Photo: Richard Z. Chesnoff
Visiting Muammar Qaddafi’s Libya was always like dropping into “Abdul in Wonderland.”Marketplaces were jammed with shops but empty of goods. Enormous signboards bore the illogical slogans of the even more illogical Green Book, the bible of Qaddafi’s Jamahiriya – state of the masses.
Walls were plastered with enormous posters of “The Leader” wearing everything from gold embroidered imperial military uniforms to Arab ghalabiyas to outfits totally incongruous for a harsh desert land: designer ski suits.
It was all more than slightly mad. Once when I drove by car from the Tunisian border to the Libyan capital city of Tripoli, I noticed that all the direction signs on Libya’s main coastal highway had been completely blacked out: “It’s to confuse the enemy,” my Libyan escort explained.
Still nothing was weirder than going to see the Leader himself.
My first visit to Qaddafi was in October 1986, just a few months after US warplanes had bombed Tripoli in punishment for a Libyan terrorist bombing of US troops in Germany. It was to be Qaddafi’s first interview with an American newsman since the attack and had been arranged by the Libyan ambassador in Paris — my then base for US News & World Report. Yet when I flew into Tripoli, I was immediately ordered confined to my hotel — and not allowed out. “The Leader may summon us at any moment,” my Libyan minder explained.
Over the next eight days, there was little to do but take part in what fellow journalist Ruth Marshall once jokingly called “the bar scene from Star Wars” — the nightly gathering in the lobby of the posh Al Kabir Hotel of assorted businessmen, foreign advisers and terrorists of all stripes: IRA, Palestinian, Basque. “Everyone’s waiting to see Qaddafi,” explained a Damascus-based Kurdish rebel leader, who like the rest of his fellow militants patiently awaited a chance to see Libya’s chief cash-cow.
Finally, on the ninth night, I was given five minutes notice, then driven at high speed to the Presidential Palace – or what was left of it. The US Air Force had made Qaddafi’s home a special target during its April raid. Now Qaddafi insisted we do our interview seated midst the shattered glass, marble and other rubble that littered the bombed out palace: “I want you to see what the US president tried to do to me, how Reagan tried to kill me.”
Qaddafi was still young then, still trim and ruggedly handsome without the puffiness and scraggy appearance that marks him of late. He was engaging — if illogical. Secretary of State George Schultz, he insisted, was “really an Israeli.” Ronald Reagan “should be tried as a killer and a murderer and a madman. ” Qaddafi’s ultimate goal was to unite all the Arab nations. “Arab unity is a unification of Arab countries into states like the United States. This is the role I am playing — a mixture of the roles of George Washington and Abraham Lincoln.”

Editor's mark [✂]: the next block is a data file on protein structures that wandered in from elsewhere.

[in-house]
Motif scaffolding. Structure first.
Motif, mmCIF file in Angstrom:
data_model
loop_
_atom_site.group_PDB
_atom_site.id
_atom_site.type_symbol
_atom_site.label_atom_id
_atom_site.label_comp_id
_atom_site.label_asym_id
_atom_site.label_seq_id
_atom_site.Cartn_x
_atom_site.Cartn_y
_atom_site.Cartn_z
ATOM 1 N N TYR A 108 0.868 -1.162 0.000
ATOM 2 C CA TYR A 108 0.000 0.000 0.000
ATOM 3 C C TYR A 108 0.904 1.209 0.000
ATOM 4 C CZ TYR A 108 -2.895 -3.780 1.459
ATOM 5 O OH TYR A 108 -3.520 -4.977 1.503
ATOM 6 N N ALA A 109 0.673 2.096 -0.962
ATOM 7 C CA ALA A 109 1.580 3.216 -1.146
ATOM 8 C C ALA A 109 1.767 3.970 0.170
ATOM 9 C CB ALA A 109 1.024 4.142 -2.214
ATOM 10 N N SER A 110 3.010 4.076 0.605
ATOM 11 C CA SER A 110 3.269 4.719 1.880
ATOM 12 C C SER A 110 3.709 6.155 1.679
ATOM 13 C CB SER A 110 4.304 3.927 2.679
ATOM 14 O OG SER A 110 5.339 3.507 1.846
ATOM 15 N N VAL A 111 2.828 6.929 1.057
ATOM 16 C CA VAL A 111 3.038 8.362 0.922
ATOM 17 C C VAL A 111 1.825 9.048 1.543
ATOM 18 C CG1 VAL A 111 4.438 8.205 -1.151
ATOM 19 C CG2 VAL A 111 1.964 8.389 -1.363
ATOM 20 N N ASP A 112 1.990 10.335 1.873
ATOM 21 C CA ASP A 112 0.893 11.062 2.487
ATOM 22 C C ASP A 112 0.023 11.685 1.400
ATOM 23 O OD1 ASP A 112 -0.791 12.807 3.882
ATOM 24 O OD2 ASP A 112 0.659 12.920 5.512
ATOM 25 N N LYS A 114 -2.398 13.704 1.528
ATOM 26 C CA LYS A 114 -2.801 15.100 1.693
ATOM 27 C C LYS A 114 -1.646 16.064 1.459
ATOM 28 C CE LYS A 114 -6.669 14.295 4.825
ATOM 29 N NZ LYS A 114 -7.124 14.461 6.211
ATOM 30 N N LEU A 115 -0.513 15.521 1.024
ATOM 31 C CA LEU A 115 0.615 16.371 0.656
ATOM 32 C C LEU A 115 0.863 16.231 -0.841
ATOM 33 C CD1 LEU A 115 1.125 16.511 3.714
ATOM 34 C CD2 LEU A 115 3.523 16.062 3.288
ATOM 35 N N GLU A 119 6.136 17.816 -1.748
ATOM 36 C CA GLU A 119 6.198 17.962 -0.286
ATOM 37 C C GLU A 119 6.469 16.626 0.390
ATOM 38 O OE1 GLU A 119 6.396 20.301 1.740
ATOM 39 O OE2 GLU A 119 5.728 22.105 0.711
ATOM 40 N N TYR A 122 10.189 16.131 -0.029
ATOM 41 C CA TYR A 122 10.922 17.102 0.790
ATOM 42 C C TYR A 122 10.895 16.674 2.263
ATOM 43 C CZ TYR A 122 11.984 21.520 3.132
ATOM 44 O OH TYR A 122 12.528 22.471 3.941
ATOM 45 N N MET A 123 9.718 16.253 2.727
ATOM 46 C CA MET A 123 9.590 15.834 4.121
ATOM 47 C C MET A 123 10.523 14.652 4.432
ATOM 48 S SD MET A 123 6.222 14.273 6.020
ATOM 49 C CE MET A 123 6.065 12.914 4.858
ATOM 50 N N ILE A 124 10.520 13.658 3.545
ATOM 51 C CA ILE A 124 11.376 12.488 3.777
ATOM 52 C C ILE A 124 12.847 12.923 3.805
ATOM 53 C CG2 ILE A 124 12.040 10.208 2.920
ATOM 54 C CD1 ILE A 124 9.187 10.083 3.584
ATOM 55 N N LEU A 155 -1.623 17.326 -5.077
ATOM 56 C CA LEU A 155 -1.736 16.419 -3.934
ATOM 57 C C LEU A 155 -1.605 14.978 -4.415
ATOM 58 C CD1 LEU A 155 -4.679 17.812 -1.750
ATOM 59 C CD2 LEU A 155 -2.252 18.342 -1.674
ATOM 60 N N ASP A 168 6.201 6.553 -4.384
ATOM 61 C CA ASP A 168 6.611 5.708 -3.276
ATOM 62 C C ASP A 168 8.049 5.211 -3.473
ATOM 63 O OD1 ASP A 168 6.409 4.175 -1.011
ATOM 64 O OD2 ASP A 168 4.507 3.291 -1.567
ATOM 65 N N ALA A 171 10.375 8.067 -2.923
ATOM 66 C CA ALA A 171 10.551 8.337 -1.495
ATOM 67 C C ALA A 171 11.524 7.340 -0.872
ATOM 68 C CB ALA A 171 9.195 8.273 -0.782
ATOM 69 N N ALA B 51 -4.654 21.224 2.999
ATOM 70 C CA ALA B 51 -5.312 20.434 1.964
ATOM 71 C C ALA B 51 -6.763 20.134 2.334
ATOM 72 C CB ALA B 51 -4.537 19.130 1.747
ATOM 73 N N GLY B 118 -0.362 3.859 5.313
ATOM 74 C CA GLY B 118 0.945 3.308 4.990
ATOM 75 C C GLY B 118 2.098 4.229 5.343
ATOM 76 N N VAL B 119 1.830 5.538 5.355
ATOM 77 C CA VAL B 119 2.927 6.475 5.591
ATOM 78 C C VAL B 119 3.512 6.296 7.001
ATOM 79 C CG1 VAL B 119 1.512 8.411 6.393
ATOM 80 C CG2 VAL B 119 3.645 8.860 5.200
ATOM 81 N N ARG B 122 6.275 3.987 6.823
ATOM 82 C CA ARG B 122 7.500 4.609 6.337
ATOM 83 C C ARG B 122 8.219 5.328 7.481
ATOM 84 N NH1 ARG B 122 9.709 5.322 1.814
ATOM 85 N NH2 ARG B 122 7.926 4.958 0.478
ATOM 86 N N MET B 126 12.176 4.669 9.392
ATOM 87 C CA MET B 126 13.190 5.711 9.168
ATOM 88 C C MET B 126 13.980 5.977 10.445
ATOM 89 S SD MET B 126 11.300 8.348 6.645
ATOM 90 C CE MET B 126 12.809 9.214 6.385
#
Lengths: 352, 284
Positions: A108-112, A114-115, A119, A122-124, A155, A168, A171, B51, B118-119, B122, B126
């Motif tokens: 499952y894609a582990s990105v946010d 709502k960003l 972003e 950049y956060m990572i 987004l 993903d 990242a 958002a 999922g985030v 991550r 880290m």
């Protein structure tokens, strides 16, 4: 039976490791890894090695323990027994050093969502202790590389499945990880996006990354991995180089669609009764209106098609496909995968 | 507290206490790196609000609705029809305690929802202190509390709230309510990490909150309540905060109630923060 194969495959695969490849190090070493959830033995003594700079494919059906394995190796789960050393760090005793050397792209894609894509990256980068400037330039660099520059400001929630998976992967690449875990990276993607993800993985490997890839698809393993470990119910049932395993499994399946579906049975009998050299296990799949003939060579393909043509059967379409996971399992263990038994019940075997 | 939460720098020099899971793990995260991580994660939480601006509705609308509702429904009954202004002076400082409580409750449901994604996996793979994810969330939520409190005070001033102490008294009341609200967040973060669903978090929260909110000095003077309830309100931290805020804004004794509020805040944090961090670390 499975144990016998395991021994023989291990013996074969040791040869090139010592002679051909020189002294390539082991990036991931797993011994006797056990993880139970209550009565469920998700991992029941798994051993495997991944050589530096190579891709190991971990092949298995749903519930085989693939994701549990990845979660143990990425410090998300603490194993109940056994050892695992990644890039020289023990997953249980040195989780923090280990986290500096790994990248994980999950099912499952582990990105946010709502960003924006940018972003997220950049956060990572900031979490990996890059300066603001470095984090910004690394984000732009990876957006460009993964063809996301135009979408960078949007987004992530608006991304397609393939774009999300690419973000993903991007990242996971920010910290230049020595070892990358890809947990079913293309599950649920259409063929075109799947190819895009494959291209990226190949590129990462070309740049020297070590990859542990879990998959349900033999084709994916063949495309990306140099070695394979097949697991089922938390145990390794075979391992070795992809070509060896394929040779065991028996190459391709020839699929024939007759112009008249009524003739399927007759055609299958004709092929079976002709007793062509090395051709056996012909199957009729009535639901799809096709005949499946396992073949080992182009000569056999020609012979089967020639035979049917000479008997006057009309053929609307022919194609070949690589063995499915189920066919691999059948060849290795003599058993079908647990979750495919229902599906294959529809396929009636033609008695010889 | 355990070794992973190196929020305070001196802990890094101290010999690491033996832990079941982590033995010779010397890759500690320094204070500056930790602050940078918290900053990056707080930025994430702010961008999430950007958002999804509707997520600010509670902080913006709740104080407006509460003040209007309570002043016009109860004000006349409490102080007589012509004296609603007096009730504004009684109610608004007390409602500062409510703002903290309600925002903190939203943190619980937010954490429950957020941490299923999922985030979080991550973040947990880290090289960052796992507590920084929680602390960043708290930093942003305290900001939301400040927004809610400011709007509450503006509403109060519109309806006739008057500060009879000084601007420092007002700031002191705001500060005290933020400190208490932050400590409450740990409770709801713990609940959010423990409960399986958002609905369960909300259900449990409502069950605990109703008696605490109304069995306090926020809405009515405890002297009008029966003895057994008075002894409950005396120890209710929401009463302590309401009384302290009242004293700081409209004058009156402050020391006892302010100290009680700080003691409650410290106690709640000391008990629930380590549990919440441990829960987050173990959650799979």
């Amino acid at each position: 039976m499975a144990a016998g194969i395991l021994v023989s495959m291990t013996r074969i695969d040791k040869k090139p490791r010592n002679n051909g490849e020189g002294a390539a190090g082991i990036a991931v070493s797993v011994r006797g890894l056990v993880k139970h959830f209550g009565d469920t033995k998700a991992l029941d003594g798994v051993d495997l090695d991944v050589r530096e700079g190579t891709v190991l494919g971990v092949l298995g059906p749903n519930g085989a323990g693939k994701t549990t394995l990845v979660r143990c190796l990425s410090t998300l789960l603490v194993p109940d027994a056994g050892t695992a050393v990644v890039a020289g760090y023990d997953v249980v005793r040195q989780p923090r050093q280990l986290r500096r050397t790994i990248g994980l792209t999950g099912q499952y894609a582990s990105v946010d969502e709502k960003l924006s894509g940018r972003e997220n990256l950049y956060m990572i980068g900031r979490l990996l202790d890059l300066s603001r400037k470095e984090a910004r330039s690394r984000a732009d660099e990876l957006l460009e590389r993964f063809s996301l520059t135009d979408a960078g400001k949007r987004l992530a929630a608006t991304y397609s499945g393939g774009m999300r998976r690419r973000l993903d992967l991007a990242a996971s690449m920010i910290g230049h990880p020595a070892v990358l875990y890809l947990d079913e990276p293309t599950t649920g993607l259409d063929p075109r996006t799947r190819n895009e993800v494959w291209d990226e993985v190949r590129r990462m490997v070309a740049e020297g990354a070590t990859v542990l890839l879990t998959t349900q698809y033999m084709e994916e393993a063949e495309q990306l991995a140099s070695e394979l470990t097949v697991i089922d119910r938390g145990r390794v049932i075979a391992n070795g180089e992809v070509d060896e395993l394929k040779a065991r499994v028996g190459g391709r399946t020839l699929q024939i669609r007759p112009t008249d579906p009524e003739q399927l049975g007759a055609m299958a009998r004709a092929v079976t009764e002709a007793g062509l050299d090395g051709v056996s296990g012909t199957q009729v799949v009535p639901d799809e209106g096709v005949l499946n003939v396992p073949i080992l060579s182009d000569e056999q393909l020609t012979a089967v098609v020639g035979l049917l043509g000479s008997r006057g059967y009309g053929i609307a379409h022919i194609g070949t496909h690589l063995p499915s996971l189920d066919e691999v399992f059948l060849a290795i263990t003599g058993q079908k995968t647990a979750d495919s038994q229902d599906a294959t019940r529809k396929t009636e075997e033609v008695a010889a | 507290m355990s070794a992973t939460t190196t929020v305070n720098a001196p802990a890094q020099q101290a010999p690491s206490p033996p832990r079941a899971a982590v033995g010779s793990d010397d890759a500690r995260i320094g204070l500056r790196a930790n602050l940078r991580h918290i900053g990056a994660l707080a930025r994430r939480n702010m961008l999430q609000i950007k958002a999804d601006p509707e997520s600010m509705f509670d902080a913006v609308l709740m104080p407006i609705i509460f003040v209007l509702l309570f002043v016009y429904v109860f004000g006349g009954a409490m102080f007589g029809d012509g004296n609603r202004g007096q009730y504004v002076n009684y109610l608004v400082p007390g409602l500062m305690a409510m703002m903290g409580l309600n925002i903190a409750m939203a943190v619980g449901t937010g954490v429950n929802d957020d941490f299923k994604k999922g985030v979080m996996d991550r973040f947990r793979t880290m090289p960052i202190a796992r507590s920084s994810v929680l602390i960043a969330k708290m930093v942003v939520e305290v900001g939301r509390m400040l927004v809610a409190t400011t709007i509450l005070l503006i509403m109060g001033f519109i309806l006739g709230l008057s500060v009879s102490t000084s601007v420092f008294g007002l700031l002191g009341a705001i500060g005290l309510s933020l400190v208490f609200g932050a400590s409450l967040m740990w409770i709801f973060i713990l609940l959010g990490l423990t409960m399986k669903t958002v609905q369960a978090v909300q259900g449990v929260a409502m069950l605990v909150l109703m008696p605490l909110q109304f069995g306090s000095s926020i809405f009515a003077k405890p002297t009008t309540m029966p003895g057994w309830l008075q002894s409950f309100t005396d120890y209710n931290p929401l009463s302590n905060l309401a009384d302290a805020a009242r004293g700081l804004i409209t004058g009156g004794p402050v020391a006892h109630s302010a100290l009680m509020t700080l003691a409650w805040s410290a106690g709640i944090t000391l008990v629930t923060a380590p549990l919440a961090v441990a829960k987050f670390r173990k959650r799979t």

He then took me to see what was left of the presidential bedroom where he said “Reagan thought I was sleeping” (he wasn’t). Velvet paintings of lions adorned the wall, his round maroon bed featured a headboard that carried an enormous photo montage of the surf at Big Sur.
Just before I left he suddenly told me that Fidel Castro had become a Communist “under American pressure… I am not a Communist, but I might be obliged — just to nag America — to become a Communist out of spite.”
We didn’t meet again until 1994. This time he received me at his heavily guarded Bedouin tent encampment on the western outskirts of Tripoli. The Leader was practicing soccer with some of his guards (male ones) when I arrived. The game over, Qaddafi, still looking trim and fit, strode into his colourful tent. He looked well. While a charcoal bonfire crackled outside, he told me how grateful he was to me for my previous interview. “Unlike a lot of journalists,” he said. “You quoted my words just as I said them.”
He said he was optimistic about relations with Bill Clinton. Then the Leader continued with his usual rantings — finally telling me that his rule over Libya had “laid down the threshold of the era of the masses. We have created a ‘Great Man-Made River’… a new wonder to be added to the wonders of the world. [But the real] revolution starts now. We will lead the world toward a new era, eliminating armies and bringing an end to the evils of traditional governments, parties and classes. In their place we will establish a jamahiriya, a state of the masses. Then and only then will a lasting peace be realised.”
Tragically for Libya, it’s nowhere near.
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